Student - November 21, 2019

Cycling to the embassy

Text:
Anne van der Heijden

Who: Calum Segaar (23), MSc student of International Development Studies
What: International internship at the Dutch embassy
Wherer: Maputo, Mozambique

‘Every morning I cycled through the busy streets of Maputo, dressed for the office, to get to the embassy. They are not used to cyclists and it was always a bit of an adventure to manoeuvre my way through the chaos. After a while people started recognizing me, including my favourite street hawker, who I bought my lunch from every day. I had bajita, a bread roll with brown beans, which is a typical student snack there.

Hurricane

I was a Communications and Economic Diplomacy intern at the Dutch embassy. One of my responsibilities was supervising and coordinating Orange Corners, a programme with sponsors such as Heineken and Shell, which supports young entrepreneurs from Mozambique with workshops and personal guidance.

In the spring of 2019, Mozambique was hit by a hurricane. That was horrific of course, but at the same time, it gave me a chance to see from the inside what managing a climate involves. There were crisis consultations at the embassy and collaboration had to be set up at lightning speed with donor organizations like the Red Cross and the UN. I saw how difficult it is to make money and emergency aid available fast enough. It was an extraordinary insight into the higher echelons of development aid.

Calum.jpg

Normal working days

I chose this internship because I wanted to experience what it’s like to have a ‘real job’, with normal working days. And I certainly did that. But I sometimes missed working on a specific project. I was more of a mediator. I set up projects, for instance, hired an organization and analysed a problem. But it didn’t get beyond figures in a report: I wasn’t at the coalface, as it were. Sometimes I missed contact with the country; I felt as though I was living in a luxurious bubble with the expats.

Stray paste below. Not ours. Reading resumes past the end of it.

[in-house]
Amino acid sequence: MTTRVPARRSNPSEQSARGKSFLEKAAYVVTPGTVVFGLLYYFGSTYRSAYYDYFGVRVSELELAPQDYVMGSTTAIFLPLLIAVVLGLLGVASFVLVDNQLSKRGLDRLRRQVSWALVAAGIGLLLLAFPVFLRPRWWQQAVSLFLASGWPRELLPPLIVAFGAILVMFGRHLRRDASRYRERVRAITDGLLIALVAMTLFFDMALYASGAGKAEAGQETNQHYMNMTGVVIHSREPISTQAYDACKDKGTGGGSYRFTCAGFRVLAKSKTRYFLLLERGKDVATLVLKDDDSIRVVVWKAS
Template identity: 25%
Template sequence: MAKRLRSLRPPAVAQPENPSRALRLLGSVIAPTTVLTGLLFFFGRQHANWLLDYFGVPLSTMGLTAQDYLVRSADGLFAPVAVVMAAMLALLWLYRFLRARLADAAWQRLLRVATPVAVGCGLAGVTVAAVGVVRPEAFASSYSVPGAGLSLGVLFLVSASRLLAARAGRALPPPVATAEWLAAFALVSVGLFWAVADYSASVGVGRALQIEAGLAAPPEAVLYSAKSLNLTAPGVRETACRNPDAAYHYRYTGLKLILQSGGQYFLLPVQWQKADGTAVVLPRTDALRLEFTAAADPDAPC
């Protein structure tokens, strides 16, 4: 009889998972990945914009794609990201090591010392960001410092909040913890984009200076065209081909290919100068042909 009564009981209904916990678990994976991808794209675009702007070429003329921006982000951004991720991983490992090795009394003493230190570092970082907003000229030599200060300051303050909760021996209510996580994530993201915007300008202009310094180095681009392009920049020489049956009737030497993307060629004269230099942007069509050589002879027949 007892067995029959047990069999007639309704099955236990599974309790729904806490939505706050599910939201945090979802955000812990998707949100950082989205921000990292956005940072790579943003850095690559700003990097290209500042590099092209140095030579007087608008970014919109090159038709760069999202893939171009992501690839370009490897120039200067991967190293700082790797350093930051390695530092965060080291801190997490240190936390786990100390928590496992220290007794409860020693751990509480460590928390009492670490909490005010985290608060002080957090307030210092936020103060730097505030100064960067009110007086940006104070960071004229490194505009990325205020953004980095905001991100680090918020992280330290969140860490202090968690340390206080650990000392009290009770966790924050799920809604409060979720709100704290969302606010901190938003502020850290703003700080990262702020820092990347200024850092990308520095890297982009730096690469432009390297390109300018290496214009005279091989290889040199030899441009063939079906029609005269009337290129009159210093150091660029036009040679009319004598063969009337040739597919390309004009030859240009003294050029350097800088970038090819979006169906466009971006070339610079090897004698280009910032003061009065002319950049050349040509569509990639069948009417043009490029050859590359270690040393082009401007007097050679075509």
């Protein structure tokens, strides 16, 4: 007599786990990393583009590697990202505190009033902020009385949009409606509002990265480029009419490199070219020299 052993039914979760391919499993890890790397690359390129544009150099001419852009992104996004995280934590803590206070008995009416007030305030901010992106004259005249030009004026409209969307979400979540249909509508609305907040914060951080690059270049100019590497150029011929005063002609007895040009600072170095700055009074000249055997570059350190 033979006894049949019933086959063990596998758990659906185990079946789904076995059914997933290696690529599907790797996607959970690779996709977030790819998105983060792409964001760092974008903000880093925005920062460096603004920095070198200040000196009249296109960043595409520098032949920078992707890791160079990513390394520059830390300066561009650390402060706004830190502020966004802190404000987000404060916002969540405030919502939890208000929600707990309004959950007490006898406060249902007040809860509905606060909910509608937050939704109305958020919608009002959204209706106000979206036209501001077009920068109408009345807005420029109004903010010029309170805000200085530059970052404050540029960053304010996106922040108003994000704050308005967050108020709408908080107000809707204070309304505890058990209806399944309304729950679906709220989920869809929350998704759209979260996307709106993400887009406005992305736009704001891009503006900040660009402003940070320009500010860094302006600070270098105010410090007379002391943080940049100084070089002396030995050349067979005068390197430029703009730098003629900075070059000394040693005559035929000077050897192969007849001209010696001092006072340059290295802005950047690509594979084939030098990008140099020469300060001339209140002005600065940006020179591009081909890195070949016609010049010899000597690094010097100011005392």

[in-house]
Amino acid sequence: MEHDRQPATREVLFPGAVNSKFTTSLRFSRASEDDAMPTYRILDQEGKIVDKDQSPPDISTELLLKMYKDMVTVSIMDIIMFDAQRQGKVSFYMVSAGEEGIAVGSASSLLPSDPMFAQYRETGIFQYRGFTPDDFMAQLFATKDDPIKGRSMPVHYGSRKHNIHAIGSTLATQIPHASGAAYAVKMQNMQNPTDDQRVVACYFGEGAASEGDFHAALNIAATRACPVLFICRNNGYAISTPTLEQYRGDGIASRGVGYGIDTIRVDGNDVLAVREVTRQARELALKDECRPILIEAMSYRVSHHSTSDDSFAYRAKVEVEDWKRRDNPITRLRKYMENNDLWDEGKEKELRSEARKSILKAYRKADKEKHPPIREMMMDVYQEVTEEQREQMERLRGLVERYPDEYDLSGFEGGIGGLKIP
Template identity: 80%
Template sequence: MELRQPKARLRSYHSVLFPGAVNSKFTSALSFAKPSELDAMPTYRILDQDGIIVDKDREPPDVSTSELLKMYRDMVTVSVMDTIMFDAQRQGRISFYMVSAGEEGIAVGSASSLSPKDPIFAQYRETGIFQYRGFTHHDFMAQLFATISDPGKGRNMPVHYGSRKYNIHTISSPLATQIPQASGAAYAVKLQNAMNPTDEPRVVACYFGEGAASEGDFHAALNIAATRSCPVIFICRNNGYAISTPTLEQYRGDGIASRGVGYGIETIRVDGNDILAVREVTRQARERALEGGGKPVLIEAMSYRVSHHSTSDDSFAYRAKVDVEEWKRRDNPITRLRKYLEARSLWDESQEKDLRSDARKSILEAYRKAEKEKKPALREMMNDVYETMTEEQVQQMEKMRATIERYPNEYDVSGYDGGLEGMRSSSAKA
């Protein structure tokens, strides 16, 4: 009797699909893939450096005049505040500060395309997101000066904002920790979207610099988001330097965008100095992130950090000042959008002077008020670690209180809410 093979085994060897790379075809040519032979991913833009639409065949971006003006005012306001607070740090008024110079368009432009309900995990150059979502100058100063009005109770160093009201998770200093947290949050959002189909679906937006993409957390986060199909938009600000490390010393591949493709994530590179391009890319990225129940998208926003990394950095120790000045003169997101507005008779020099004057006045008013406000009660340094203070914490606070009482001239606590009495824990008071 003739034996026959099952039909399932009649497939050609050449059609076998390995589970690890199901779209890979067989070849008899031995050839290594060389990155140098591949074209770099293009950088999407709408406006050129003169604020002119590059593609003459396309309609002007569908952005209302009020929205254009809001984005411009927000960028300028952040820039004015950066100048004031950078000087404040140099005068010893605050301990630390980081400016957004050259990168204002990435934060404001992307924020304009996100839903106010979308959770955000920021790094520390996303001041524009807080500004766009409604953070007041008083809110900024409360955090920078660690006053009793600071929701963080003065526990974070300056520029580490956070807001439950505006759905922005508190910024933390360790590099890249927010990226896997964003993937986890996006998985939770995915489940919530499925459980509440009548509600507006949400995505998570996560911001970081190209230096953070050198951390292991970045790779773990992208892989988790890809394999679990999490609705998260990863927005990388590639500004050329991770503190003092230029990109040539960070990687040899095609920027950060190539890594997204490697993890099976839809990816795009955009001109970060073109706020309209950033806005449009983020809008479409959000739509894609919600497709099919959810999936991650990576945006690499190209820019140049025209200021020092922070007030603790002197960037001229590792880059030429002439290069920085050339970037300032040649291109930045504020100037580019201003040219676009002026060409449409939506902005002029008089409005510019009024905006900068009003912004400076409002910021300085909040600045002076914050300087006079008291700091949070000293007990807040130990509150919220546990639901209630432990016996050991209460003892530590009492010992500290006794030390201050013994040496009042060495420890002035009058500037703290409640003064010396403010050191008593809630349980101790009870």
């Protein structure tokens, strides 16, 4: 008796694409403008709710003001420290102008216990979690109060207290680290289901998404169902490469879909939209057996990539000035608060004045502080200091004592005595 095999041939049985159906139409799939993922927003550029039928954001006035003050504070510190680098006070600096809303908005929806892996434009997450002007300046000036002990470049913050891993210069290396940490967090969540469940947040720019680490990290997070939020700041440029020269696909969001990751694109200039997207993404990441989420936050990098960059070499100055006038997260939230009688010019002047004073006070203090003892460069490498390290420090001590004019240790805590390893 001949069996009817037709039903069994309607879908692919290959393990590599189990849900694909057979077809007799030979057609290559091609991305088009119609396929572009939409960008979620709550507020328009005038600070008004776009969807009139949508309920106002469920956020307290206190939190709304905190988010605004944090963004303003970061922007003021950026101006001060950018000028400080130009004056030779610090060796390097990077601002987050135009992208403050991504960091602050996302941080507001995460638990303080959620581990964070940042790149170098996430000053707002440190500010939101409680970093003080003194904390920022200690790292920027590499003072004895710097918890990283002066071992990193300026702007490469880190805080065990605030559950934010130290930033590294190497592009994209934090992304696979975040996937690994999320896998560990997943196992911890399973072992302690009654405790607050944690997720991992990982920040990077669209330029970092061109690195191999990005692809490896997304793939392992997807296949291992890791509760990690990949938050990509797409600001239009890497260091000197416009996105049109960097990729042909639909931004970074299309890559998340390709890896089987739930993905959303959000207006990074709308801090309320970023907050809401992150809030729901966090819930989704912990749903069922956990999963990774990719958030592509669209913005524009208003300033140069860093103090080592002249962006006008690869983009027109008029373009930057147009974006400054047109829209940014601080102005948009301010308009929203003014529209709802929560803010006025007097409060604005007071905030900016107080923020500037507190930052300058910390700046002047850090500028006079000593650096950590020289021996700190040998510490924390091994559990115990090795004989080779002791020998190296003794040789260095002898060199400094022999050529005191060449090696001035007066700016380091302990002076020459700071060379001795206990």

It may be poor, but Mozambique is also a beautiful country. Maputo is on the Indian Ocean, just two hours’ drive from Kruger Park. The weekends were short vacations. I was amazed, by the way, to see how many Wageningen students are walking around in the country. A lot of people there have heard of Wageningen too, while there are a lot of people in the Netherlands who don’t know about the university. It was funny to see that.

Relatively safe

From the way other students reacted, I gathered that it was difficult to arrange an internship at an embassy, but I found it perfectly possible. African countries aren’t particularly on the radar of Dutch students, but it’s worth plucking up courage because there’s a big chance of success. It was a unique experience for me. The country is relatively safe and it is interesting to work in such a well-oiled organization. If you want to work in a developing country, this is a good first step towards it.’ AdH

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  • Elsard de Boer

    Hallo Calum.

    In oktober gaan wij in Mozambique wonen. In de afgelopen 5 jaar hebben wij succesvolle testen gedaan met Agroforestry in Mozambique. Wij werken samen met de lokale universiteit ISET/One World in Changalane. Via ADPP hadden wij samen met Meta Meta (NGO met Smart centre in Mozambique) in Wageningen een plan ingediend bij NUFFIC (Nederlandse organisatie voor internationalisering in onderwijs) De voorwaarde was dat het plan begeleid zou worden door een Higher Educational Institute. Bij Wageningen hebben we geprobeerd iemand te vinden maar dat mocht niet baten. Dit verbaasde ons omdat wij denken dat wij een win win plan hebben in duurzame land bouw qua opbrengst en groei mogelijkheden voor de 'small scale farmer' Ik viel van mijn stoel toen ik las:"Het verbaasde me hoeveel Wageningse studenten er in Mozambique rondlopen"
    Mogelijk heb ik verkeerd gecommuniceerd of is iedereen gewoon te druk. Heb jij tipt hoe we een succesvol project beter op de kaart kunnen krijgen? :-)


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